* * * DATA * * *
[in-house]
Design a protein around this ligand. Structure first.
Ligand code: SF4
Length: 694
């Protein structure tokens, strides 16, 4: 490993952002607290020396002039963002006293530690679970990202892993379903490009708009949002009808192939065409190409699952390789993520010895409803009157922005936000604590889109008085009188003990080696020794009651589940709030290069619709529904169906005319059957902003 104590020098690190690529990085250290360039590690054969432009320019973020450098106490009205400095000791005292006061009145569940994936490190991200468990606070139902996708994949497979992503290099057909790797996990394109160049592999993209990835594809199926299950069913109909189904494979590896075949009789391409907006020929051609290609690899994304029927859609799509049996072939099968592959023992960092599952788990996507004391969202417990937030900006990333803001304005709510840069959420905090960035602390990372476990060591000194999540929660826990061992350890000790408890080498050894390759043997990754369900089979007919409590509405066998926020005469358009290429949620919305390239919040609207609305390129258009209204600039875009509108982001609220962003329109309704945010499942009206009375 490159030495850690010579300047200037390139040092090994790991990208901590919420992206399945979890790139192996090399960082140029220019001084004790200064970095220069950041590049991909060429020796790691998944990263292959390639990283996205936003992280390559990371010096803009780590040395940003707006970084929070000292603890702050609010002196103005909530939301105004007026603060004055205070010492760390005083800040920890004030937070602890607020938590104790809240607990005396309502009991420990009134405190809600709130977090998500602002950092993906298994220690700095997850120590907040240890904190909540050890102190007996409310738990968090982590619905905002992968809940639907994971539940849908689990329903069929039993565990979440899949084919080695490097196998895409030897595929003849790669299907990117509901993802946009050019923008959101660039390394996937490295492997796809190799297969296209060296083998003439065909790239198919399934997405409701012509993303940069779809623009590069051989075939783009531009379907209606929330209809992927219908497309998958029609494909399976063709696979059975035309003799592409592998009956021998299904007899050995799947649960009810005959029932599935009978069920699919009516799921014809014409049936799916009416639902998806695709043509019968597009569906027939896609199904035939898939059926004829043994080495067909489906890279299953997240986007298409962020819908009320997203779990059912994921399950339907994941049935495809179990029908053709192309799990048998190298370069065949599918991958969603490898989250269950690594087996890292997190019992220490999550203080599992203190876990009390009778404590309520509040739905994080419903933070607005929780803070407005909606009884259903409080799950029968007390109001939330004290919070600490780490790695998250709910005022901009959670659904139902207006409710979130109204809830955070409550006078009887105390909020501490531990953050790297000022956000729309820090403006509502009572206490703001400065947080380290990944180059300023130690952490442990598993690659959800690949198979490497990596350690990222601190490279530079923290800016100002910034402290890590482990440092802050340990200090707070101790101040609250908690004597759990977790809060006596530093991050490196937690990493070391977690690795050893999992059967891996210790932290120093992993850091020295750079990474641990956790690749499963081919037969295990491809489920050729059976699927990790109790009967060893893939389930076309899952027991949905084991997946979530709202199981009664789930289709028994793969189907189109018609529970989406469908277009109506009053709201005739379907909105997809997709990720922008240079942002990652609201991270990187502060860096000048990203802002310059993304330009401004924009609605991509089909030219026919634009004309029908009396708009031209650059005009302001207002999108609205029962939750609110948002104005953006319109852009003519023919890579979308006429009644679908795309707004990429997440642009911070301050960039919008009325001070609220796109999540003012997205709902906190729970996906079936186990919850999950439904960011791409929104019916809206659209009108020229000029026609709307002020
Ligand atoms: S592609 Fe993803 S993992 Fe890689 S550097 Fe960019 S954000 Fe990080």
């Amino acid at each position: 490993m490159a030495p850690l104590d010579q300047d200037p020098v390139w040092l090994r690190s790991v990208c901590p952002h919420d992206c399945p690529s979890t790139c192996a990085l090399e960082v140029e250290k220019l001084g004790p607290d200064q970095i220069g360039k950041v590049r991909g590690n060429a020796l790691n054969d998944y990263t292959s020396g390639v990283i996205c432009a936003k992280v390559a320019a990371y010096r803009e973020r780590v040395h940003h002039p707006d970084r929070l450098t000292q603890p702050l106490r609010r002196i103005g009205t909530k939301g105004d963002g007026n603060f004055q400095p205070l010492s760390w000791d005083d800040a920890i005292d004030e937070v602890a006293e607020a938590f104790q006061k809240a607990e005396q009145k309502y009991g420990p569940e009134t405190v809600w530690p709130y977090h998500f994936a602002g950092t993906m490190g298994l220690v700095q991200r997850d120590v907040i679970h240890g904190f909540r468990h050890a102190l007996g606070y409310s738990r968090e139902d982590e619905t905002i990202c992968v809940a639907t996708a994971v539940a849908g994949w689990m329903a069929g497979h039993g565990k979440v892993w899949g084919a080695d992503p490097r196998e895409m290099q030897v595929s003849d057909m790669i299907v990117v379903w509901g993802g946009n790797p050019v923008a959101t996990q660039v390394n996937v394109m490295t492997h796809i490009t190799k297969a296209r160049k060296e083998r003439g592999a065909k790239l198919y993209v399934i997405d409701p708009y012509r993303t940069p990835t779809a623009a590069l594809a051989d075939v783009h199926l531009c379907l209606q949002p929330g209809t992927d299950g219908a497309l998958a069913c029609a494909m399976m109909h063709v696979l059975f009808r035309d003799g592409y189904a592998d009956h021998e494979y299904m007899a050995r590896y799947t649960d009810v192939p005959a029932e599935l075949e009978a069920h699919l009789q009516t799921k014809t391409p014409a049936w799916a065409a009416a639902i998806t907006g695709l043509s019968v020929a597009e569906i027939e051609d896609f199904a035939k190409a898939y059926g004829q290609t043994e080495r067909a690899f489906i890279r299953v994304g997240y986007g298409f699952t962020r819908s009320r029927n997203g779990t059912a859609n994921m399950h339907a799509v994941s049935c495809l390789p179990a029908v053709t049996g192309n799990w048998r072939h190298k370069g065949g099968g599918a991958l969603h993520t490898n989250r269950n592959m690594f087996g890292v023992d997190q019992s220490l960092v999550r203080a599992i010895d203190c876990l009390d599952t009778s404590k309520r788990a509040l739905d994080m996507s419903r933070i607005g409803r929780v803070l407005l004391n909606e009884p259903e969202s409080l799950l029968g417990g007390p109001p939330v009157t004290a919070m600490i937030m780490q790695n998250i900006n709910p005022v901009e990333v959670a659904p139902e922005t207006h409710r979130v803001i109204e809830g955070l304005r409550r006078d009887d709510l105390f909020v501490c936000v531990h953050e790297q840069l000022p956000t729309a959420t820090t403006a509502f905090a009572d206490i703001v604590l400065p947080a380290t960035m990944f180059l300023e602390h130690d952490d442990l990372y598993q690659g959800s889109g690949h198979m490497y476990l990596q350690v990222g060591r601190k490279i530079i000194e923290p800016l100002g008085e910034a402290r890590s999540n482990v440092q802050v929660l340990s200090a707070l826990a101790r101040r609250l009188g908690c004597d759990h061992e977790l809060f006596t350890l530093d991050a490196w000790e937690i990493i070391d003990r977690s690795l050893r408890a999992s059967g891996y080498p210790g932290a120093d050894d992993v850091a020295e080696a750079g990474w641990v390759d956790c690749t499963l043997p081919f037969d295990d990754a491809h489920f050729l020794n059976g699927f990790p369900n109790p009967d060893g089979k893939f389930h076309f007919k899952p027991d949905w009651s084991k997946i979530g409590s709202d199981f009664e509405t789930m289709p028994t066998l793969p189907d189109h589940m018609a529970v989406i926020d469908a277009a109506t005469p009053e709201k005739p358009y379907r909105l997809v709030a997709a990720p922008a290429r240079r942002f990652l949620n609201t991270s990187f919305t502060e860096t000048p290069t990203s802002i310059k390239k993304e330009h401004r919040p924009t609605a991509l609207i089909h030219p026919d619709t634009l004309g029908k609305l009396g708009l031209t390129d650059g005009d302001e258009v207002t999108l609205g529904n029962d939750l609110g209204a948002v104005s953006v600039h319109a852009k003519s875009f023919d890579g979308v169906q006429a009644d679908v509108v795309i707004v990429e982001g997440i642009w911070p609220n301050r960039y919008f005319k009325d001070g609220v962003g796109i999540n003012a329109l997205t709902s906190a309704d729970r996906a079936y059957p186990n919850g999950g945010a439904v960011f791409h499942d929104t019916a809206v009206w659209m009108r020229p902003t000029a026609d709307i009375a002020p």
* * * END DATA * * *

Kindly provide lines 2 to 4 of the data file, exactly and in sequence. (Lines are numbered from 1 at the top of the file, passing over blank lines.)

Design a protein around this ligand. Structure first.
Ligand code: SF4
Length: 694